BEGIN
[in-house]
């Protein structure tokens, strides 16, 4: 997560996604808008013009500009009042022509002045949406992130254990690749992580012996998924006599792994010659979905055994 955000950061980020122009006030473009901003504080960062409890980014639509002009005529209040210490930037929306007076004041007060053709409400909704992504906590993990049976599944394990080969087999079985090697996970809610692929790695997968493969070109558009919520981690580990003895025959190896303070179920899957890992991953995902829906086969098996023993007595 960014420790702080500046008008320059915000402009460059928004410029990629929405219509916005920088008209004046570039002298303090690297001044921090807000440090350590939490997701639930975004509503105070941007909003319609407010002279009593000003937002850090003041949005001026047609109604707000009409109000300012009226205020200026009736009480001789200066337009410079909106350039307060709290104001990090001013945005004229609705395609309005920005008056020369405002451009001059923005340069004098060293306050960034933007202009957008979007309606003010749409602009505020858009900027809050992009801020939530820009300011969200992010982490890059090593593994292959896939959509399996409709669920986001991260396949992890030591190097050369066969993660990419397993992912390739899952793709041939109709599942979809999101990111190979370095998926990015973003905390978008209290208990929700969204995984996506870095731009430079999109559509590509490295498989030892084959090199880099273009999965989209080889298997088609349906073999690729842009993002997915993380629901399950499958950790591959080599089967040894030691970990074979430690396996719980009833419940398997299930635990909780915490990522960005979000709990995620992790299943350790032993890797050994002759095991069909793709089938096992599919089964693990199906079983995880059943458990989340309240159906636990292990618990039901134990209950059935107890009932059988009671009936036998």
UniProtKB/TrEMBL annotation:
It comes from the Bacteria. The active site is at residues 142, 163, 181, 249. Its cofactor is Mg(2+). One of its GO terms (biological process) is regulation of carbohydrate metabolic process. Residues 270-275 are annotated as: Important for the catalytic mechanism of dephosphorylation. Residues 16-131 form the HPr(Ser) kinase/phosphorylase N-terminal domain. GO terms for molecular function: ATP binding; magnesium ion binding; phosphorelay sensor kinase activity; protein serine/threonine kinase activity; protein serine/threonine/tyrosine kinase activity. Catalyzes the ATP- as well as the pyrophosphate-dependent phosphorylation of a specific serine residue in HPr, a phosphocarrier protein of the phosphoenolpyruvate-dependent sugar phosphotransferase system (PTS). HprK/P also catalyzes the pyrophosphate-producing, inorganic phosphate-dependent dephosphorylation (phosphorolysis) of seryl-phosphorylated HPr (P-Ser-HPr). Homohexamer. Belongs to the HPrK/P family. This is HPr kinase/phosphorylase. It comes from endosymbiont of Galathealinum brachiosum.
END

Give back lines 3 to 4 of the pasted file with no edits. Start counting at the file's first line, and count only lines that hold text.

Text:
UniProtKB/TrEMBL annotation:
It comes from the Bacteria. The active site is at residues 142, 163, 181, 249. Its cofactor is Mg(2+). One of its GO terms (biological process) is regulation of carbohydrate metabolic process. Residues 270-275 are annotated as: Important for the catalytic mechanism of dephosphorylation. Residues 16-131 form the HPr(Ser) kinase/phosphorylase N-terminal domain. GO terms for molecular function: ATP binding; magnesium ion binding; phosphorelay sensor kinase activity; protein serine/threonine kinase activity; protein serine/threonine/tyrosine kinase activity. Catalyzes the ATP- as well as the pyrophosphate-dependent phosphorylation of a specific serine residue in HPr, a phosphocarrier protein of the phosphoenolpyruvate-dependent sugar phosphotransferase system (PTS). HprK/P also catalyzes the pyrophosphate-producing, inorganic phosphate-dependent dephosphorylation (phosphorolysis) of seryl-phosphorylated HPr (P-Ser-HPr). Homohexamer. Belongs to the HPrK/P family. This is HPr kinase/phosphorylase. It comes from endosymbiont of Galathealinum brachiosum.